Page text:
rier bar 30 is in its lowermost position, out of
70 engagement with the batch. When the pedal is
depressed the carrier bar is brought into action
and the toffee cone pushed up towards the nar
row end of the cradle. From that end of the
cradle the small end of the toffee cone is con
76 veyed through two pairs of feed rollers 4|, 42
which it will engage and arrest the catch arm 54 60
when the latter arrives at the position then oc
cupied by the stop. On engagement between the
stop and the catch arm the latter will be ?rst
rocked to disengage the clutch key 52 from the
slot 53 in the driving sleeve (the catch arm being
thereby brought up against the wall of the slot
56 in the disc 55) and thereafter further move~
ment of the catch arm will be prevented.
The
driven shaft 5| will then be held against rota
tion and further movement of the carrier bar 70
will thereby be arrested. The stop 6!] is so lo
cated in the path of the catch arm that when
brought into the arresting position it will effect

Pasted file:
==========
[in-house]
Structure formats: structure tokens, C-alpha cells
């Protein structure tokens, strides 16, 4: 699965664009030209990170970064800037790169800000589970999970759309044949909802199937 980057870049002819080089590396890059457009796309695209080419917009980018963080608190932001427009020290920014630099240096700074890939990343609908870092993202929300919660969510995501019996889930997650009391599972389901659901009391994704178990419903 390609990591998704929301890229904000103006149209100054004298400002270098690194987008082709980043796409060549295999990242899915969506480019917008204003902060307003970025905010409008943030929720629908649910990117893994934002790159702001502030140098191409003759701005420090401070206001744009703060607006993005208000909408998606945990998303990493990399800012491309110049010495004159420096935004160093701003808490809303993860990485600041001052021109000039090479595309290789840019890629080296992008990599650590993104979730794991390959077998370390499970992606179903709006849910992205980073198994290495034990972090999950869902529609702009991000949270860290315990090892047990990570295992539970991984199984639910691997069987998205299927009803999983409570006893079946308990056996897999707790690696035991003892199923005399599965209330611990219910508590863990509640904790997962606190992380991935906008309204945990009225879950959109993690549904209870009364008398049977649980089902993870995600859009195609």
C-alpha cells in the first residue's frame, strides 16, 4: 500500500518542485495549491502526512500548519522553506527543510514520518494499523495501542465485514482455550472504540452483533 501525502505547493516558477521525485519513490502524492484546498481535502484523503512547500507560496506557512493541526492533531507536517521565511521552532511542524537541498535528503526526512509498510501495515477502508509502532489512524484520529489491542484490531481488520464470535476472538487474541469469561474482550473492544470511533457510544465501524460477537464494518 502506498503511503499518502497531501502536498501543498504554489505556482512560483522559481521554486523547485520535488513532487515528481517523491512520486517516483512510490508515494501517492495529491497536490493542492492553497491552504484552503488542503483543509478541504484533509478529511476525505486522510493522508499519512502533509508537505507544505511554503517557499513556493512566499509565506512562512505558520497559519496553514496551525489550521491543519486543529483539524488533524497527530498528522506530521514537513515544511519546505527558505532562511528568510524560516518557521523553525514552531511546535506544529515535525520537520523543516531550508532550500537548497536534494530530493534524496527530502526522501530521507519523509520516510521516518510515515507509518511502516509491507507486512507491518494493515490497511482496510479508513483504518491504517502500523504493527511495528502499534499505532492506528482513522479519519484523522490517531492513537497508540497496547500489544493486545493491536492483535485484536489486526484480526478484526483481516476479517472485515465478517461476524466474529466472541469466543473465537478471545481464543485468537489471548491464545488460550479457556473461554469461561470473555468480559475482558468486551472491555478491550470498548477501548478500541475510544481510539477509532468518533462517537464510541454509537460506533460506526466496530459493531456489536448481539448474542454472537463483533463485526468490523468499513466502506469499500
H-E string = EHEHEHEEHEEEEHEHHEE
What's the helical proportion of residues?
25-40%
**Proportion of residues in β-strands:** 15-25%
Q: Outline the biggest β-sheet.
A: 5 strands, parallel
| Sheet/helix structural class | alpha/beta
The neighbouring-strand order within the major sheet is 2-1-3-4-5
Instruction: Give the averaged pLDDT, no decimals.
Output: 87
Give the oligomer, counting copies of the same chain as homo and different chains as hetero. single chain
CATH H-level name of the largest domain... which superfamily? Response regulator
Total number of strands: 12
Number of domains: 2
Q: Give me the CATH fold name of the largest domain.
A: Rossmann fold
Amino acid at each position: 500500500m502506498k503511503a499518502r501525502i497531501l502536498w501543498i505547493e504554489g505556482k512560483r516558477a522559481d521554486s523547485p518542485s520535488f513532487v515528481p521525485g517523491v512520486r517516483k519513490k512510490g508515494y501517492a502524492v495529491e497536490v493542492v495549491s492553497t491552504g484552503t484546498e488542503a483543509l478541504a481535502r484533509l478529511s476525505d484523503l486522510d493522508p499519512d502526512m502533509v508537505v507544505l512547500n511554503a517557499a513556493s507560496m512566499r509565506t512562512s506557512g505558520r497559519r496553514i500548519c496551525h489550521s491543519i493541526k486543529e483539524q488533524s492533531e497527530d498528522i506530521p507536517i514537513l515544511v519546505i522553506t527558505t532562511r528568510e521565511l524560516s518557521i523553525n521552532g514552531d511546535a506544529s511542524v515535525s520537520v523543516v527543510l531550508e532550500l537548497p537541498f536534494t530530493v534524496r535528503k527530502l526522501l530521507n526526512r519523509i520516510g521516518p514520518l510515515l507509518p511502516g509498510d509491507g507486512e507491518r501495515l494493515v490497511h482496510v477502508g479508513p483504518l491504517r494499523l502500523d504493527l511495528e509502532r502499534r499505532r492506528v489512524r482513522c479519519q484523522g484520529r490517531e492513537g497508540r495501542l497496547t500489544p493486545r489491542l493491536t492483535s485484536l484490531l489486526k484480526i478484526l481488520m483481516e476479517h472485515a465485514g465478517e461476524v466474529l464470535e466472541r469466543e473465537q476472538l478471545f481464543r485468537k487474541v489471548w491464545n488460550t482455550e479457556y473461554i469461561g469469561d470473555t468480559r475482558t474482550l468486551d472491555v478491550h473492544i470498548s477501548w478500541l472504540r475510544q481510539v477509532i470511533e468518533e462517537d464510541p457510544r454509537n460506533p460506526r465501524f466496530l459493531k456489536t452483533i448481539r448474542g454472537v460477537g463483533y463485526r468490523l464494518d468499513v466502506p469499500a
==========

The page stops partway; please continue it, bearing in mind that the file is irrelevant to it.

disengagement of the clutch key at that stage in
the cycle of movement of the carrier bar when 75
2,120,790
engagement with the toffee batch. The pivot pin
axes extending in the same general direction to
form a tapering cradle for the reception of the
61 is received in a “lost-motion” slot 64 in the
stop arm, and bearing on the end of the arm is
a plunger 65 forced outwardly by a spring 66, the
object of this device being to permit a small de~
batch rollers and movable to engage the batch
and to convey it along the cradle towards the
smaller end thereof, operating machanism for
the latter is in the lowered position, i. e. out of
gree of resiliently controlled backward movement
to the stop on engagement by the catch arm and
so to prevent shock.
I claim:—
10
1. A batch rolling machine of the type de
scribed comprising in combination, a plurality of
rotatable batch rollers located in proximity with
their axes extending in the same general direc—
15 tion to form a tapering cradle for the reception of
the batch, a propelling device in the form of a
carrier located on the underside of the cradle and
mounted for movement between batch rollers, and
means for moving the carrier upwardly to lift the
20 batch and longitudinally to carry it towards the
smaller end of the cradle.
2. A batch rolling machine of the type described
comprising in combination, a plurality of rotat